The Dalles October 20
20 Years Ago-1993
Authority to regulate cable television rates apparently took effect Monday for the City of The Dalles, as the Federal Communications Commission (FCC) let stand a certification request submitted by city attorney Gene Parker last month. The move anticipates a petition circulating since last Wednesday evening, when an irate group of Falcon Cable customers filled the Wasco County circuit courtroom to plan a strategy for battling what they consider an unfair rate schedule announced in September.
City councilors Monday night approved a 79-unit mobile home park for the Chenowith Area – the first one in years for this area – with construction expected to begin as early as this winter. Planning commissioners attached 16 conditions to the approval, ranging from adequate building setbacks and tie-downs to landscaping, drainage plan and sidewalk installation. Twenty-five spaces must be prepared for occupancy before the park may accept residents.
40 Years Ago-1973
More than 100 Indians, all in full regalia, will appear in dances during a Northwest Indian Pageant to be presented at The Dalles Junior High School gym on Saturday, Nov. 3. Mary (Mrs. Alvin) Settler of The Dalles and Flora Thompson, widow of the late Wyam Chief Tommy Thompson, are in charge of publicity for the pageant. Thirty-six dancers from public schools on the Yakima Reservation will be among those appearing, and there will be dancers from Chemwa and exhibition performers from Warm Springs, Mrs. Settler said.
Newly revived plans for conversion of The Dalles High School to a four-year program apparently will not be put into effect for 1974-75. Though the District 12 school board did not formally make a declaration of that sort, Chairman Ken Shideler suggested that perhaps “it would be best” to postpone the conversion and begin planning for improvement of the high school plant. Development of some additional facilities is needed regardless of the form of school organization, board members indicated at their regular monthly meeting Thursday.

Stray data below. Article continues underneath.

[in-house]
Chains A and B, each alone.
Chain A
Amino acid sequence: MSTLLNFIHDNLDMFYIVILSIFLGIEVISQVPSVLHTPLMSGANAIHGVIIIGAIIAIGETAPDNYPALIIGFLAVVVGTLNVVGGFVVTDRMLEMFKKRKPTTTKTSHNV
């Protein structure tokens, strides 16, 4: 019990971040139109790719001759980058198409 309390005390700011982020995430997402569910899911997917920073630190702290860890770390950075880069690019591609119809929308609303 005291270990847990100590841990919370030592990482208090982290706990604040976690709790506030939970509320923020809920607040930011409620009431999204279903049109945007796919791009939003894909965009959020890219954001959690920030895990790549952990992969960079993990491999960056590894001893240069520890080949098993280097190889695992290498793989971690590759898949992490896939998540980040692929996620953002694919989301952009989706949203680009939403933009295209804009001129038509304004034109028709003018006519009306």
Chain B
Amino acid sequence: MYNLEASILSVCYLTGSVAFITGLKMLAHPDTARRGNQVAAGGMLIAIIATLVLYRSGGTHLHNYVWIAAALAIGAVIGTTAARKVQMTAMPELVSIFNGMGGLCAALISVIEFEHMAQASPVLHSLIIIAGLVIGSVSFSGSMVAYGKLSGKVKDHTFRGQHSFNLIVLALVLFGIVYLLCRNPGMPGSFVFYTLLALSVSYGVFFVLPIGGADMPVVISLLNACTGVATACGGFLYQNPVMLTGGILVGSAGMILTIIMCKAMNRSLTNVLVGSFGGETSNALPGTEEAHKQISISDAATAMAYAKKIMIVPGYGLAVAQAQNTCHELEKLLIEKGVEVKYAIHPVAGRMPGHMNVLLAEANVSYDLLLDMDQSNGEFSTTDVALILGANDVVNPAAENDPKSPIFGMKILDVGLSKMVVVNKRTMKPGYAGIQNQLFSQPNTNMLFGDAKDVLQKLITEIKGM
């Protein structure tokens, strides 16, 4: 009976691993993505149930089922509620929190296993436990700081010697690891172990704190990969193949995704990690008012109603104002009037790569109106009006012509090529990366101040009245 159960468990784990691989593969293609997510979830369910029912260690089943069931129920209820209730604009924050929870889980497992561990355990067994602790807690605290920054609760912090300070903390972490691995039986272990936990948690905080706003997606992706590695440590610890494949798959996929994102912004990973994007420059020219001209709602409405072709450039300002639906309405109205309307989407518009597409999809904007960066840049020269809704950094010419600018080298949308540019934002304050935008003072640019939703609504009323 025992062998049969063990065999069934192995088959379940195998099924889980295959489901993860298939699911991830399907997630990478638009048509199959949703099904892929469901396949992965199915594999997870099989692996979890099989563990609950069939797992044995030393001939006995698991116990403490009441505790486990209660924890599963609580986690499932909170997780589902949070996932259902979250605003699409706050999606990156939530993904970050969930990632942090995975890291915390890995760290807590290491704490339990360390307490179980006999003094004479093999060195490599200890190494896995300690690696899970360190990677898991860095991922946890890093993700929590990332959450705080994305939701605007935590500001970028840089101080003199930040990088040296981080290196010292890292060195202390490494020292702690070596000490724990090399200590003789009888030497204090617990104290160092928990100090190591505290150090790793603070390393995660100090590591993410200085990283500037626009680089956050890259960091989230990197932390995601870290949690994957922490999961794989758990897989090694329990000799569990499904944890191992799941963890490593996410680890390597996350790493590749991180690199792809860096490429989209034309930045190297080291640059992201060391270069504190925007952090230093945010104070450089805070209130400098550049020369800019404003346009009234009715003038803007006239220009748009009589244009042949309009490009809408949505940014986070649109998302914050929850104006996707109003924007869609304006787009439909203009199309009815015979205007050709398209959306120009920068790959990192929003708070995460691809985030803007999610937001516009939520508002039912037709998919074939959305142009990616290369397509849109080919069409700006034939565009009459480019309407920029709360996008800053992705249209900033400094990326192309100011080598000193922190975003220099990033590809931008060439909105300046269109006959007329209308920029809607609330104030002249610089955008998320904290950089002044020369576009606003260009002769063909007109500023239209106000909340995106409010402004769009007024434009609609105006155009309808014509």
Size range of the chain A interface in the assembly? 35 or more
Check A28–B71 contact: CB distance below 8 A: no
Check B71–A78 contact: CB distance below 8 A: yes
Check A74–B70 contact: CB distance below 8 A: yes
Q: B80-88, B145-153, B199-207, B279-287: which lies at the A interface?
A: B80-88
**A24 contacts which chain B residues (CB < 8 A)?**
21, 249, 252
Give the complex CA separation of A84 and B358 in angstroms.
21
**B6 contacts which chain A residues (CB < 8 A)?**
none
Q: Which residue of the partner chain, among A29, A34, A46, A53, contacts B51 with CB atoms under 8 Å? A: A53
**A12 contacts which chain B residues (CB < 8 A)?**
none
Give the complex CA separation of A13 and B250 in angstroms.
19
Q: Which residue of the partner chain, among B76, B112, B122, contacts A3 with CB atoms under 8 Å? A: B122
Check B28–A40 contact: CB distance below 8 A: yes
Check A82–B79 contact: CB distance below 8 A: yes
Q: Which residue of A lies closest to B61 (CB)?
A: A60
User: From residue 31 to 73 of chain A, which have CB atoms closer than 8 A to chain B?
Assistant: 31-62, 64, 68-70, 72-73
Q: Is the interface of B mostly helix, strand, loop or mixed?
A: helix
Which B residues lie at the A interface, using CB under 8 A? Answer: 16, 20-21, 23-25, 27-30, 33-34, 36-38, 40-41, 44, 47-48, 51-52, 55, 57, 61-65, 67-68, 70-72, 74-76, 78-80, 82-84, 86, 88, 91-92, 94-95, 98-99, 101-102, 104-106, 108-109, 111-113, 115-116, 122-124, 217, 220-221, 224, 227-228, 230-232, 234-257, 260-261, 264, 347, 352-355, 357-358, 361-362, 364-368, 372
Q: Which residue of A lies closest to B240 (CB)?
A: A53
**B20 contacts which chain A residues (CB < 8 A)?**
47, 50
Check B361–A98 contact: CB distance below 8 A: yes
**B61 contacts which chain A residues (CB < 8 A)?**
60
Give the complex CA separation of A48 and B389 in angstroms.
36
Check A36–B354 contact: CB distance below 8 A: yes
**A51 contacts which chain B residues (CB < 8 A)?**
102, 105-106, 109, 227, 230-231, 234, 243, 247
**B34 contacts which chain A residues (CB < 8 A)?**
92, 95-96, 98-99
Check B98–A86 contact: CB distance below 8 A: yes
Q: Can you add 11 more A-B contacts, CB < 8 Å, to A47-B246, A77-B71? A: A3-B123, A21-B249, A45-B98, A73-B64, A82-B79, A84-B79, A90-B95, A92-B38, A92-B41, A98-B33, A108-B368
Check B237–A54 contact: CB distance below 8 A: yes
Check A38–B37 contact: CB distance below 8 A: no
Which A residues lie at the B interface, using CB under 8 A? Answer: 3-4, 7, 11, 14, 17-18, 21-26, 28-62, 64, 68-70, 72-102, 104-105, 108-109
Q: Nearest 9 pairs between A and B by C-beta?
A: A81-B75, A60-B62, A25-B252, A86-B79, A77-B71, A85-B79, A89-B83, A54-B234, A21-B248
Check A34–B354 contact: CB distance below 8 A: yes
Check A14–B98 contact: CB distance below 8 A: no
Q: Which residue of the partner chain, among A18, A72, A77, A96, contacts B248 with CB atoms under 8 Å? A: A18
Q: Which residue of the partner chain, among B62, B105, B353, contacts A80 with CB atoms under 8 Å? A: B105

60 Years Ago-1953
Only one hurdle stands in the way now of adoption of a uniform building code for the whole of Wasco County. After a short public hearing last night the Wasco County Planning Commission adopted the proposed ordinance which calls for application of a building code throughout the county, rather than just in the northern part as former ordinance prescribed.
The Dalles City Council awarded United-Pacific Construction Company of Eugene the contract for the 1953 sidewalk program on a corrected low bid of $12,691.25, after no recommendations were heard at the public hearing. There were calls for bids on the purchase of the city-owned parking lot at First and Union Streets. Bids on purchase of this tract were rejected a year ago because they were below the appraised valuation of some $24,000. If approved by the voters, the 10-year bond issue would be the first for expanding public safety facilities since 1932.
80 Years Ago-1933